We still may not know what causes consciousness in humans, but scientists are at least learning how to detect its presence. A new application of a common clinical test, the positron emission tomography (PET) scan, seems to be able to differentiate between minimally conscious brains and those in a vegetative state. The work could help doctors figure out which brain trauma patients are the most likely to recover—and even shed light on the nature of consciousness.
“This is really cool what these guys did here,” says neuroscientist Nicholas Schiff at Cornell University, who was not involved in the study. “We’re going to make great use of it.”
PET scans work by introducing a small amount of radionuclides into the body. These radioactive compounds act as a tracer and naturally emit subatomic particles called positrons over time, and the gamma rays indirectly produced by this process can be detected by imaging equipment. The most common PET scan uses fluorodeoxyglucose (FDG) as the tracer in order to show how glucose concentrations change in tissue over time—a proxy for metabolic activity. Compared with other imaging techniques, PET scans are relatively cheap and easy to perform, and are routinely used to survey for cancer, heart problems, and other diseases.
In the new study, researchers used FDG-PET scans to analyze the resting cerebral metabolic rate—the amount of energy being used by the tissue—of 131 patients with a so-called disorder of consciousness and 28 healthy controls. Disorders of consciousness can refer to a wide range of problems, ranging from a full-blown coma to a minimally conscious state in which patients may experience brief periods where they can communicate and follow instructions. Between these two extremes, patients may be said to be in a vegetative state or exhibit unresponsive wakefulness, characterized by open eyes and basic reflexes, but no signs of awareness. Most disorders of consciousness result from head trauma, and where someone falls on the consciousness continuum is typically determined by the severity of the injury.
After the PET scans were complete, the researchers calculated how much glucose was being consumed by the most active hemisphere of the patients’ brains relative to the healthy controls. Patients in a state of unresponsive wakefulness had 38% as much metabolic activity as the controls, minimally conscious patients showed 58% as much activity, and people being roused back to consciousness (either from sleep or anesthesia), had 63% of the normal metabolic activity.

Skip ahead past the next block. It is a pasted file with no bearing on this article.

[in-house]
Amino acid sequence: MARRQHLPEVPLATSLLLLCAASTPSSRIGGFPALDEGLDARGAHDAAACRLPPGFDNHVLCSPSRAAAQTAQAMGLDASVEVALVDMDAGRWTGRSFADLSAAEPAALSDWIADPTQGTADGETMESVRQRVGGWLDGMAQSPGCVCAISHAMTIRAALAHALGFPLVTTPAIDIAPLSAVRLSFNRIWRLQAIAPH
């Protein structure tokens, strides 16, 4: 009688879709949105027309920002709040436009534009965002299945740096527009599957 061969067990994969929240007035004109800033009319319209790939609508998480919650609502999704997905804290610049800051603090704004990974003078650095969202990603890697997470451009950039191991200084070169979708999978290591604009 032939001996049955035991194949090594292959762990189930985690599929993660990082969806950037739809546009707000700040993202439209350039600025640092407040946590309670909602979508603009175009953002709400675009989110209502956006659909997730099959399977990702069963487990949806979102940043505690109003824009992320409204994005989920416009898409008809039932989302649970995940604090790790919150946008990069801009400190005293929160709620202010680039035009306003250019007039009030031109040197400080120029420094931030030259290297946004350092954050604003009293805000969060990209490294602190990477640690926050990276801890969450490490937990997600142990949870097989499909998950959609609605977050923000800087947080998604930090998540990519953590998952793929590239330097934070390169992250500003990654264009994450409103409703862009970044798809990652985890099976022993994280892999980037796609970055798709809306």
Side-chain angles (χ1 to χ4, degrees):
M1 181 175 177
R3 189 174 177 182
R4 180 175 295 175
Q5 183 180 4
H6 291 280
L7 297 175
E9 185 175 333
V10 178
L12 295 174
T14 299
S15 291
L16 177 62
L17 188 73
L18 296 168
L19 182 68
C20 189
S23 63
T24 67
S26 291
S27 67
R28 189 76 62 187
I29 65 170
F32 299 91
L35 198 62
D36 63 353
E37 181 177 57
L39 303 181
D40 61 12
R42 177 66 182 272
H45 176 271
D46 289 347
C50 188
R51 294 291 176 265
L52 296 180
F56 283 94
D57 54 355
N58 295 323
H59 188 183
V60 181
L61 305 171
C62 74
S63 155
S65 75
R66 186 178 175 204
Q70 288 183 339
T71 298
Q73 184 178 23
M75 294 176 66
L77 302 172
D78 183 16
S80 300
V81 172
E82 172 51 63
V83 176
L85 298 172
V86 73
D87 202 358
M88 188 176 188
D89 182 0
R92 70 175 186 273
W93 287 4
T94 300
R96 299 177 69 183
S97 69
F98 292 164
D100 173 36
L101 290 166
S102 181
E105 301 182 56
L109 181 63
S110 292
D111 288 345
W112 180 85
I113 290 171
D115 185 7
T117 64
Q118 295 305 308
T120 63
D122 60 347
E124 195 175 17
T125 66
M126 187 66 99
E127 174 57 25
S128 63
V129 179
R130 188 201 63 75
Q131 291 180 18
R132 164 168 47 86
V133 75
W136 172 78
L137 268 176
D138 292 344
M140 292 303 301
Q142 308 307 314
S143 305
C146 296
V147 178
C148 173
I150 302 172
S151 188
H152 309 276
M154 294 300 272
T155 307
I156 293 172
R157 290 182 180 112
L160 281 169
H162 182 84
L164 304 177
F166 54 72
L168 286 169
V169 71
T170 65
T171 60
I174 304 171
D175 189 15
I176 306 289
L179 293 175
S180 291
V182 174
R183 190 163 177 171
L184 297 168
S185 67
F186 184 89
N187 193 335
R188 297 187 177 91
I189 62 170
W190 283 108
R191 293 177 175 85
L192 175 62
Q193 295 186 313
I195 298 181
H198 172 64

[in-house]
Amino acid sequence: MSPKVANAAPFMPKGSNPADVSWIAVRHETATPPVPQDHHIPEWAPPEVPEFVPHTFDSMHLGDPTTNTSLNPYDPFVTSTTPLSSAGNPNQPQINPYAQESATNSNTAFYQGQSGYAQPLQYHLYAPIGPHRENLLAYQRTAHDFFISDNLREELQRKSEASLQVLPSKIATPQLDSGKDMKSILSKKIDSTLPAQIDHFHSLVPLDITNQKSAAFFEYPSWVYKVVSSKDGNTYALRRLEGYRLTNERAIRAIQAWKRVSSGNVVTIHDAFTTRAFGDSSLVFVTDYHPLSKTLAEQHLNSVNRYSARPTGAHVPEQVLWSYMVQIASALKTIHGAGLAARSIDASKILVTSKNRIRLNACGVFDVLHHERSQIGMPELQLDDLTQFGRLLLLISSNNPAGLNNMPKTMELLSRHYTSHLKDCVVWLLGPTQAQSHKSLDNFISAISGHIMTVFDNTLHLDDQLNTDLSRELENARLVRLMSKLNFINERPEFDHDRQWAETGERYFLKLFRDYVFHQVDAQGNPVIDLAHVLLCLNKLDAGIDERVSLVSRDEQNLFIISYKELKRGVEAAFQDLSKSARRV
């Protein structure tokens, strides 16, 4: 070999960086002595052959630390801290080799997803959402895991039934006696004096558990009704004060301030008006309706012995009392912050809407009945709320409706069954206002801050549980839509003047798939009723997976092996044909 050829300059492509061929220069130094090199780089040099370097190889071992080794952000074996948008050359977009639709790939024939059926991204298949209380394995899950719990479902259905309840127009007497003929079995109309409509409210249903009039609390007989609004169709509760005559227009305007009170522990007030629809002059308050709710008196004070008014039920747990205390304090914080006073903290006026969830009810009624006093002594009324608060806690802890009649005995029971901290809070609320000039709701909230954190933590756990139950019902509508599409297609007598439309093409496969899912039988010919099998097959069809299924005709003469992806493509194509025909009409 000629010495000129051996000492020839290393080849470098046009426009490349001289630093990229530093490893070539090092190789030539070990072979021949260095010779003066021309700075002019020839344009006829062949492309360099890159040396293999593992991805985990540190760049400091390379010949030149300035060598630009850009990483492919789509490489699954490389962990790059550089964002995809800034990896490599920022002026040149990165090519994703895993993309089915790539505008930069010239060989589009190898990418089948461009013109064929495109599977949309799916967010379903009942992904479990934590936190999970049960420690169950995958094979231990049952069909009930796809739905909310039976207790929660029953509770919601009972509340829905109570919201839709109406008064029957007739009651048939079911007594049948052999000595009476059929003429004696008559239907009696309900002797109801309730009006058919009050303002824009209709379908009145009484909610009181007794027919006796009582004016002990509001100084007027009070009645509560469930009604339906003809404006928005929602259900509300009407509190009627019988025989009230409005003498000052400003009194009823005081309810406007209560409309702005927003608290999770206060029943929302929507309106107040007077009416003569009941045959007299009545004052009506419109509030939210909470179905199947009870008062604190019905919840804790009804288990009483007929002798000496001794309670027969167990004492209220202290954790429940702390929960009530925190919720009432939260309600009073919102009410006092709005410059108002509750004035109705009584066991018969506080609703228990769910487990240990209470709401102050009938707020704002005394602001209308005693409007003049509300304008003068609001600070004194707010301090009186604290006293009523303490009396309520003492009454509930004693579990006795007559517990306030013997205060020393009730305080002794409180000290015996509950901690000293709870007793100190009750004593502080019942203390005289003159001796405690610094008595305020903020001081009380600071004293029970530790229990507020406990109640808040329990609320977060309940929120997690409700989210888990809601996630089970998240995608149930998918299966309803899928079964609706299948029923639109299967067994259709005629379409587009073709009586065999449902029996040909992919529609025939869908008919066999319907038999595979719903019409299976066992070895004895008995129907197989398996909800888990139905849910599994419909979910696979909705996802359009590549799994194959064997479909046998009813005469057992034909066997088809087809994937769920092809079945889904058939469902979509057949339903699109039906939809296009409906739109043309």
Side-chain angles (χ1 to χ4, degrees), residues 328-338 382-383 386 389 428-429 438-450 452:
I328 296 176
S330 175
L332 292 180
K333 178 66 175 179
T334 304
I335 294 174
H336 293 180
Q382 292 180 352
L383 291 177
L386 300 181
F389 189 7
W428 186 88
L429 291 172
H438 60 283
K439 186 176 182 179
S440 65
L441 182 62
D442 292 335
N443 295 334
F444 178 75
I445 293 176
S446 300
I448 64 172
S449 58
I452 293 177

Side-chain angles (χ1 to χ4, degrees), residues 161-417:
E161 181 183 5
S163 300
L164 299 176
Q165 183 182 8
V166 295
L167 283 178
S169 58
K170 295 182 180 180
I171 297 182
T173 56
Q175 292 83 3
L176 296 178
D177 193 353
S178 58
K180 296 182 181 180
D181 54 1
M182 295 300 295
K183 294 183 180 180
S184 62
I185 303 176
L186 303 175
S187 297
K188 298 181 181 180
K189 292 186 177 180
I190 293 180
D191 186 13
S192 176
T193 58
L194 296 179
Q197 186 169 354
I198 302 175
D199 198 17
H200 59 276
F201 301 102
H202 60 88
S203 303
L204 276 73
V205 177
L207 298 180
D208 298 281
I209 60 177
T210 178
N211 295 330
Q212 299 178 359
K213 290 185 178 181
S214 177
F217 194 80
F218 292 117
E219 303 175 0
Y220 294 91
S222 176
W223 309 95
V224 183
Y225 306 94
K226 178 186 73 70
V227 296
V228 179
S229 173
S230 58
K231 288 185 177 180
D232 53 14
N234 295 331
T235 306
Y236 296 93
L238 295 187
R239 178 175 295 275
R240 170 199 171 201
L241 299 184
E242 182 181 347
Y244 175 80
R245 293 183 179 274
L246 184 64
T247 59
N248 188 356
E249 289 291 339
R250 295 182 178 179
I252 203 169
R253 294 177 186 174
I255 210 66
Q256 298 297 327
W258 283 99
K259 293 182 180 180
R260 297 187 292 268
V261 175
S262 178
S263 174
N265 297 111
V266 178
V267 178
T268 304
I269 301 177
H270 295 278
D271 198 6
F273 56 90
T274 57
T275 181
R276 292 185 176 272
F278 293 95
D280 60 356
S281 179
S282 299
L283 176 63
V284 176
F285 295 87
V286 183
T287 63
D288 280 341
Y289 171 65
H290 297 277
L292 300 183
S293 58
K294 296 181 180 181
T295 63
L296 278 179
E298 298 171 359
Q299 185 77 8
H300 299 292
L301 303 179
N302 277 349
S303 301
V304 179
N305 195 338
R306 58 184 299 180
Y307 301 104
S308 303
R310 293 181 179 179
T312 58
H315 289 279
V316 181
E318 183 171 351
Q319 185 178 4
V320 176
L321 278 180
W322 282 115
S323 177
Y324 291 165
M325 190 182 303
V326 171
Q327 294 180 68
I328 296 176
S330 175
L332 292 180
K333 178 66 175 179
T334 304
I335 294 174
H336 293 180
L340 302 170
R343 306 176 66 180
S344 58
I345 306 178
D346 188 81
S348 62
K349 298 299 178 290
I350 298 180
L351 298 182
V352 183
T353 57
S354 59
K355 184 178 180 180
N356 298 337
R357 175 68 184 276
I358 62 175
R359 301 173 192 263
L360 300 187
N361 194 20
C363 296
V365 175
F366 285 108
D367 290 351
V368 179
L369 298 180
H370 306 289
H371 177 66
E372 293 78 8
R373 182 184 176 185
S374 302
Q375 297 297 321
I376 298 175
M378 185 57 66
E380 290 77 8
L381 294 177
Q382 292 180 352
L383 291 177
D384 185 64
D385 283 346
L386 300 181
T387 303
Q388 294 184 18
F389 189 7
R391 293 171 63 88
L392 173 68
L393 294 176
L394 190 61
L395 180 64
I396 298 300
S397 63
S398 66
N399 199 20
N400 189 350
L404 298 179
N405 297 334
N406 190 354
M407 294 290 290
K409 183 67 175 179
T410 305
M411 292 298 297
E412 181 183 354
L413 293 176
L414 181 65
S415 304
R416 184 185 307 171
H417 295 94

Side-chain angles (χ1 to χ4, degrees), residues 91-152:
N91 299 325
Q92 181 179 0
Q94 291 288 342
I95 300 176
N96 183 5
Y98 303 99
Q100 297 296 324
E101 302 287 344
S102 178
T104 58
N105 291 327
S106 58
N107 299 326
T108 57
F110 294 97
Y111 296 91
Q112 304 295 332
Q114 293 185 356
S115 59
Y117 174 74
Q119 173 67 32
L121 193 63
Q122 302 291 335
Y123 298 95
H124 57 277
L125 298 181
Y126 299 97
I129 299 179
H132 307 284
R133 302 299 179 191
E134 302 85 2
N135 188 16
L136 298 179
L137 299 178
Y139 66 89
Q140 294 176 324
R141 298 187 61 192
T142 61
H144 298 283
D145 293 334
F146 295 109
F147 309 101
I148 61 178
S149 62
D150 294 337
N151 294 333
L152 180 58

The decision to “pull the plug” and remove a loved one from life support is never simple, but the choice could easier if we understood which patients might wake up in time. Although it’s often hard for doctors and family to pinpoint important nuances that separate a lighter state of unconsciousness from a deeper one, the PET scan might help us fill in the gaps.
The PET scan data could correctly distinguish between minimal consciousness and severe unresponsive wakefulness with 89% accuracy, the team reports today in Current Biology. The test also seems to predict an individual’s ability to recover from disorders of consciousness: In a 1-year follow up,eight out of 11 patients whose PET scans showed 41% of normal activity or more (between unresponsive wakefulness and minimal consciousness) had regained consciousness, and the PET scan test predicted 88% of all outcomes correctly.
A simple test that can be used to distinguish between minimal consciousness and unresponsive wakefulness could be a huge boon to health care practitioners. Schiff says that if we can identify patients who are more likely to make a meaningful recovery, we can do a better job surrounding them with highly skilled workers who can give them the best possible care. “If this bears out, as it appears that it will, nobody should probably leave the hospital with a severe injury and a disorder of consciousness without having this measurement.”
In addition to its clinical value, the new study also sheds some light on the nature of consciousness. The predictive power of the PET scan comes from its ability to gauge the brain’s average metabolism. Exactly which regions in the brain are most active does not appear to play a major role in determining a person’s state of consciousness. The researchers suggest that this finding adds to a growing body of evidence that suggests consciousness doesn’t live in any one area of the brain, but is instead an emergent property of many parts working together. Or as Schiff puts it, “Disorders of consciousness are whole brain problems.”